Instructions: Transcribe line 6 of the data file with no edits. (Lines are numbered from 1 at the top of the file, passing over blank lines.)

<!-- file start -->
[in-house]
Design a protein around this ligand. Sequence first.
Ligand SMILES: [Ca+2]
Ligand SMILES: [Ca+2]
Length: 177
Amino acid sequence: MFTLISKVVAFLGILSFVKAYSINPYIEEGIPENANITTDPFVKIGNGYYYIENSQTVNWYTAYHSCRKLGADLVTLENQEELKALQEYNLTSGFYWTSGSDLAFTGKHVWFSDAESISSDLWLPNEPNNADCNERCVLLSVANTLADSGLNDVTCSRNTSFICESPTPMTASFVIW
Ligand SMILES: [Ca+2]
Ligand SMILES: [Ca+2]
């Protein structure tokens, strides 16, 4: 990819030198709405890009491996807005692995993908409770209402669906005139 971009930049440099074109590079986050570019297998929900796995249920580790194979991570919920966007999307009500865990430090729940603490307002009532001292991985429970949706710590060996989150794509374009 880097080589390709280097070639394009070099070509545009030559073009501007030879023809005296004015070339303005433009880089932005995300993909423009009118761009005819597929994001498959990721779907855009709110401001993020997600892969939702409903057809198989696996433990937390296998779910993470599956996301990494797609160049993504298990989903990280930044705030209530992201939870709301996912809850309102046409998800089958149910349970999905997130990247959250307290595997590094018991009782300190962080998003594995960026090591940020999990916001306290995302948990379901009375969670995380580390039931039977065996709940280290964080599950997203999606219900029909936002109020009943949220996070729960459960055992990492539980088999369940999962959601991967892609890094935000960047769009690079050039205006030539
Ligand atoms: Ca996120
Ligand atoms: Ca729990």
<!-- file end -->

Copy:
Amino acid sequence: MFTLISKVVAFLGILSFVKAYSINPYIEEGIPENANITTDPFVKIGNGYYYIENSQTVNWYTAYHSCRKLGADLVTLENQEELKALQEYNLTSGFYWTSGSDLAFTGKHVWFSDAESISSDLWLPNEPNNADCNERCVLLSVANTLADSGLNDVTCSRNTSFICESPTPMTASFVIW